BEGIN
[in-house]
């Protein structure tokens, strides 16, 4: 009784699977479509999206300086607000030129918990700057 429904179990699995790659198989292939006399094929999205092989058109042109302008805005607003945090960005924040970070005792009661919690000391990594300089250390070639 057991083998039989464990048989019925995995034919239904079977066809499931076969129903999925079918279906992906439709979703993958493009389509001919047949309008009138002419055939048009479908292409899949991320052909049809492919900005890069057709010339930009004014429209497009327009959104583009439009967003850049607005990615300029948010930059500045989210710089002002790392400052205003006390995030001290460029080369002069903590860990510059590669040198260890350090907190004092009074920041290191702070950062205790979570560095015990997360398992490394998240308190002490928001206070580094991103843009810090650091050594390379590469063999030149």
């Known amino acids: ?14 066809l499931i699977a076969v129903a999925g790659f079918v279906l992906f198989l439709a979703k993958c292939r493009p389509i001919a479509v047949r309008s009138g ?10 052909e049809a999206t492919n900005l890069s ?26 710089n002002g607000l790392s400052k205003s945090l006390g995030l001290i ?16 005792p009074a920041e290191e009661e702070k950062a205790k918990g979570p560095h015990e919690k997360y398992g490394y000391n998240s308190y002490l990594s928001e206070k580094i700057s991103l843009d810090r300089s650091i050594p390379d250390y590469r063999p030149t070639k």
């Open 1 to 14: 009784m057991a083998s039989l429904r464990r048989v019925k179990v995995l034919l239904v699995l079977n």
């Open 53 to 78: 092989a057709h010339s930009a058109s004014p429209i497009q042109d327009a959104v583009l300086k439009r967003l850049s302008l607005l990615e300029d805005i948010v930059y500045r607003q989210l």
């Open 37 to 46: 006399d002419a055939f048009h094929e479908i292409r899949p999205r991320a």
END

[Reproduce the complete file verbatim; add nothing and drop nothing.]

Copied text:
[in-house]
């Protein structure tokens, strides 16, 4: 009784699977479509999206300086607000030129918990700057 429904179990699995790659198989292939006399094929999205092989058109042109302008805005607003945090960005924040970070005792009661919690000391990594300089250390070639 057991083998039989464990048989019925995995034919239904079977066809499931076969129903999925079918279906992906439709979703993958493009389509001919047949309008009138002419055939048009479908292409899949991320052909049809492919900005890069057709010339930009004014429209497009327009959104583009439009967003850049607005990615300029948010930059500045989210710089002002790392400052205003006390995030001290460029080369002069903590860990510059590669040198260890350090907190004092009074920041290191702070950062205790979570560095015990997360398992490394998240308190002490928001206070580094991103843009810090650091050594390379590469063999030149």
């Known amino acids: ?14 066809l499931i699977a076969v129903a999925g790659f079918v279906l992906f198989l439709a979703k993958c292939r493009p389509i001919a479509v047949r309008s009138g ?10 052909e049809a999206t492919n900005l890069s ?26 710089n002002g607000l790392s400052k205003s945090l006390g995030l001290i ?16 005792p009074a920041e290191e009661e702070k950062a205790k918990g979570p560095h015990e919690k997360y398992g490394y000391n998240s308190y002490l990594s928001e206070k580094i700057s991103l843009d810090r300089s650091i050594p390379d250390y590469r063999p030149t070639k």
């Open 1 to 14: 009784m057991a083998s039989l429904r464990r048989v019925k179990v995995l034919l239904v699995l079977n």
């Open 53 to 78: 092989a057709h010339s930009a058109s004014p429209i497009q042109d327009a959104v583009l300086k439009r967003l850049s302008l607005l990615e300029d805005i948010v930059y500045r607003q989210l």
């Open 37 to 46: 006399d002419a055939f048009h094929e479908i292409r899949p999205r991320a």